Referring to FIG. 4, it is assumed that a first end start-of-cycle packet is transmitted from station 30-l and propagates toward station 30-N in a manner similar to that aforedescribed relative to FIG. 3. After the start-of-cycle packet is received by station 30-N in what now follows, we assume that a station has a packet to transmit. Notwithstanding and as before, station 30-N firstly transmits the second end start-of-cycle packet which propagates from station 30-N toward station 30-l. The second end start-of-cycle packet is illustrated in FIG. 4 as the shaded area identified as SOC-N-1. Now secondly, assume station 30-k has a packet to transmit. Note that the second end start-of-cycle packet would propagate a distance (dN -dk) as well as pass station 30-k after a time interval (tN -tk) and at a time identified in FIG. 4 at point 400, i.e., at which point path 10 goes from a busy state to a not busy state. In theory, since no other packet is then about pass station 30-k, i.e., as to station 30-k, path 10 is not busy, station 30-k could transmit a packet. However, in accordance with the instant protocol, the packet to be transmitted is delayed within station 30-k for a predetermined time equal to α(tN -tk), i.e., from point 400 until point 401. If, during the predetermined delay time interval α(tN -tk), there has been no transmission detected by station 30-k on path 10, i.e., path 10 has been not busy during all of the predetermined time delay, station 30-k may transmit its packet, which packet is identified in FIG. 4 as the shaded area Pk. Thus, packet Pk begins being transmitted at point 401 and may take a time Δtk to be transmitted, i.e., until point 402. As an aside, note that packet Pk propagates in a bidirectional manner on path 10, i.e., propagates from station 30-k both toward station 30-l and toward station 30-N. However, for brevity of discussion and description, only the propagation toward station 30-l is described and illustrated.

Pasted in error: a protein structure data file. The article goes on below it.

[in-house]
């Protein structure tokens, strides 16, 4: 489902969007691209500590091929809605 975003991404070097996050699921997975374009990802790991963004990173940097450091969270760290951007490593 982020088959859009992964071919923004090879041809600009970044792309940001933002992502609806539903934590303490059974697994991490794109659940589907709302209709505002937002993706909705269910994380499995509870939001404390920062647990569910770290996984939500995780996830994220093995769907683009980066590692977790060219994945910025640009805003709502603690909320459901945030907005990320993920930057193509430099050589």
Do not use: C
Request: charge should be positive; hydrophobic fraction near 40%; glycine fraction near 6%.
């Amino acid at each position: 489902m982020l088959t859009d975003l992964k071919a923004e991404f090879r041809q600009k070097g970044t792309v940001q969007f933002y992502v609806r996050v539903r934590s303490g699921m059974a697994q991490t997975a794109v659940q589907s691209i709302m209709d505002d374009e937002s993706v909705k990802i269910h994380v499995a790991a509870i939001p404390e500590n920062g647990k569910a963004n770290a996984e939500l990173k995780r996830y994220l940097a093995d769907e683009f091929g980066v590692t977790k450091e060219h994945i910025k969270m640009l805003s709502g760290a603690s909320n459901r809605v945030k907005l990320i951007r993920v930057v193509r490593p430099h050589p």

Nextly, return to start-of-cycle packet SOC-N-1 and assume station 30-j also has a packet to transmit. Note that the second end start-of-cycle packet would propagate a distance (dN -dj) during which a time interval (tN -tj) would elapse. In theory, after the second end start-of-cycle packet SOC-N-1 has passed station 30-j, i.e., at point 403 where path 10 goes from a busy state to a not busy state, station 30-j may transmit its packet. However, in accordance with the instant protocol, the packet is delayed within station 30-j for a first predetermined time interval equal to α(tN -tj), i.e., from point 403 until point 404 in FIG. 4. As station 30-j monitors path 10, it detects that a packet has been transmitted during the first delay time interval α(tN -tj), i.e., path 10 is detected as busy during at least some of the predetermined time delay. Indeed, since packets are of the format illustrated in FIG. 2, station 30-j can routinely read the source address field of each packet detected on path 10 for identifying the respective transmitting station, e.g., for identifying station 30-k as the station from which packet Pk was transmitted during the first delay time interval α(tN -tj). Accordingly, inasmuch as station 30-j detects path 10 as busy, station 30-j does not transmit its packet but rather delays a second predetermined time interval. In particular, packet Pk would be detected by station 30-j as having passed station 30-j at a time identified as point 405. In theory, after point 405, station 30-j could transmit a packet. However, in accordance with the instant protocol, station 30-j having detected packet Pk as having been transmitted from station 30-k, i.e., having read the source address field from the packet Pk on path 10 for identifying station 30-k as the transmitting station, station 30-j delays transmission a second predetermined time interval α(tk -tj), i.e., from point 405 until point 406. It may be noted that point 406 is on a line starting from point 402 and having slope SL-4. If during the second delay α(tk -tj), station 30-j has not detected a transmission on path 10, i.e., path 10 has been not busy during all of the predetermined time delay, then at point 406 station 30-j may commence the transmission of its packet Pj. The packet from station 30-j is identified as the shaded area Pj and requires a time Δtj to be transmitted, i.e., from point 406 until point 407.